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‘Earliest America’ initiative rethinks history

Student protest leads library to offer resources, symposia about new perspectives on history

Last fall, the words “the Third World will rise again” were scrawled in chalk on the side of the John Carter Brown Library.

The inscription, and the campus reaction it elicited, spurred the development of “The Earliest Americas: A New Initiative in Indigenous Studies at the John Carter Brown Library,” said Neil Safier, director of the John Carter Brown Library.

“It made me think that people believe that the JCB is a place that is repressing the Third World and upholding the First World at the expense of those who never had their histories properly told,” he said.

The goal of the newly minted initiative is to “offer the library as one of the resources and spaces where conversations can take place,” Safier said. “The library will be offering opportunities for students and scholars to come up with their own ideas for events, activities, lectures and symposia that will highlight materials we have at the library and talk about these issues in a broader way.”

The initiative launched Monday with an inaugural lecture by Yale historian Ned Blackhawk entitled “The Rediscovery of America: American Indians and the Unmaking of U.S. History.”

Blackhawk’s lecture advocated a rethinking of history by “exposing limitations in existing narratives,” he said. “We are now at a point in our nation’s history where we are really, for the first time, able to … rediscover America.”

“It is fitting that the inaugural lecture of the JCB’s Indigenous Studies Initiative occur on a day so fraught with contested historical meaning,” said Tyler Jackson Rogers ’12, a current PhD student in American studies at Yale and one of the speakers at the lecture, in reference to the event coinciding with Columbus Day.

Rogers also spoke about his personal experience at Brown as an indigenous student involved in the movement that formally ended the observance of Columbus Day at the University in April 2009.

“Faced with backlash from members of the campus and local communities, many of us involved in the campaign to end the celebration of Columbus Day at Brown were not satisfied with this ostensible victory,” he said. “Instead, we committed ourselves to ongoing education programming throughout the following years, cultivating conversations about why the nonobservance of Columbus Day matters to indigenous people today.”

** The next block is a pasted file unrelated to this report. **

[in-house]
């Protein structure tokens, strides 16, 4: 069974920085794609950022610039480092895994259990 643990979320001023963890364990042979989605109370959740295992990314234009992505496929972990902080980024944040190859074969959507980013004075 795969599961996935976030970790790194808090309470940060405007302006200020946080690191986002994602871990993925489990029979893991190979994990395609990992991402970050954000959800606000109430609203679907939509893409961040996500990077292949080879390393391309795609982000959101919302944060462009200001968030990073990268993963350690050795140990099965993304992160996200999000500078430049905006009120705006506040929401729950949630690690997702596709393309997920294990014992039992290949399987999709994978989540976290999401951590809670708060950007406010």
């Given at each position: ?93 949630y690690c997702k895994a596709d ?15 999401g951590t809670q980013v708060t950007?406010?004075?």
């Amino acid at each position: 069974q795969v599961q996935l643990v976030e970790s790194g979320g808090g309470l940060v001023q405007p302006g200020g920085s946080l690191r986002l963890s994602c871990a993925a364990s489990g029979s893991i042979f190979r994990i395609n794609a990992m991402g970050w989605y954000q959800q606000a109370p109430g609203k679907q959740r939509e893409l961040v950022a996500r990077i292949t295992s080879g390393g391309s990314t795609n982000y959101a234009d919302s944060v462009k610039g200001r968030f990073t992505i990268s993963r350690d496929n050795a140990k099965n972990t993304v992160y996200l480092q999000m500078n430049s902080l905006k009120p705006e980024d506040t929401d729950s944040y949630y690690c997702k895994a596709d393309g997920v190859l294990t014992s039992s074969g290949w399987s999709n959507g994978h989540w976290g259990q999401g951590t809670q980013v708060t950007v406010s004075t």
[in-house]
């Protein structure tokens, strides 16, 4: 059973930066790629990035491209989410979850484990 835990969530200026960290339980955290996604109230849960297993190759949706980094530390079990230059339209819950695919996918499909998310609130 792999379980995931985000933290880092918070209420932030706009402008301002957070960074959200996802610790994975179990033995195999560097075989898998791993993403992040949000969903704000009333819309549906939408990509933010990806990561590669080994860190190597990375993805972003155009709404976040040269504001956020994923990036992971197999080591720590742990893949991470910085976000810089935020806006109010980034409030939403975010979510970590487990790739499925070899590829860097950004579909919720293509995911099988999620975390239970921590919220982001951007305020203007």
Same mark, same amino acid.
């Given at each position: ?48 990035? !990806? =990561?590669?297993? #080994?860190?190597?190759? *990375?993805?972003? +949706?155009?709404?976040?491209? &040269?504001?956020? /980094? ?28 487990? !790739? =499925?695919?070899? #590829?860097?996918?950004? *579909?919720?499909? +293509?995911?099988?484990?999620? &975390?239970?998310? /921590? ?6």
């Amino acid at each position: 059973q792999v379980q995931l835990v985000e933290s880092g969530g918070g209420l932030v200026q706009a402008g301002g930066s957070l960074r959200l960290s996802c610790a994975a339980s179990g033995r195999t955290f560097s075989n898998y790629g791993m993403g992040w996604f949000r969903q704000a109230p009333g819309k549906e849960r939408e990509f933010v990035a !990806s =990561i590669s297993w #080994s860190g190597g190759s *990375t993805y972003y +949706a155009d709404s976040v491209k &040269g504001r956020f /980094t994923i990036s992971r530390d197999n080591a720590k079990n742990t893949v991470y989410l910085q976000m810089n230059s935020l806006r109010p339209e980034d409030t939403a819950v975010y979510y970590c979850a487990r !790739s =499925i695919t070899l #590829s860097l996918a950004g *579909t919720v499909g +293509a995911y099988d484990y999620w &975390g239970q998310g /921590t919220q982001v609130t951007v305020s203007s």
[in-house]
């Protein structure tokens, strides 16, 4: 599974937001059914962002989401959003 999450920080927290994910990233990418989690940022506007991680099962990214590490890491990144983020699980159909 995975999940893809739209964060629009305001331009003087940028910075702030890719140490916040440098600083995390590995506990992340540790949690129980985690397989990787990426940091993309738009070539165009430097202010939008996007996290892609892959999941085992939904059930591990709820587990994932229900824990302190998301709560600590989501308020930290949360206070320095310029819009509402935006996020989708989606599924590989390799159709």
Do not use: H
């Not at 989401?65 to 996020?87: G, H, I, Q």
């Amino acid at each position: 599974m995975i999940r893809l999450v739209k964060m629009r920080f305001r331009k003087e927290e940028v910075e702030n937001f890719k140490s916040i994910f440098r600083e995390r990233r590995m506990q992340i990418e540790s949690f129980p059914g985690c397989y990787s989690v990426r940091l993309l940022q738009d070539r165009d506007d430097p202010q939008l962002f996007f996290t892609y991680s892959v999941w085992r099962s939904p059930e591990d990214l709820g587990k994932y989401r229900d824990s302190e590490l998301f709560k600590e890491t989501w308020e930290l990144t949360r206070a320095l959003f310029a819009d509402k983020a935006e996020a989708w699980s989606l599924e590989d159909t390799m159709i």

“Having a Native historian was a good way of kicking off this initiative,” said Elizabeth Hoover MA’03 PhD’10, assistant professor of American and ethnic studies, who spoke at the lecture.

“A lot of what Ned’s work tries to do is to say that history wasn’t just initiated by Europeans and reacted to by indigenous people, but it’s being co-created by European and indigenous people reacting, responding and adapting to each other,” she said.

As part of the initiative’s next step, the library will host a roundtable discussion called “Native Americana: A Roundtable on Indigenous History and Memory” Tuesday at 4 p.m. The event will feature scholars and indigenous activists, and is open to members of the community.

“The JCB focuses on the colonial period, but I think its lessons can be relevant for more modern history and the contemporary world,”  Safier told The Herald. “I want Native students and Native scholars to feel that the JCB is a willing and understanding partner in their own scholarly work and, to the extent possible, in their activist work.”


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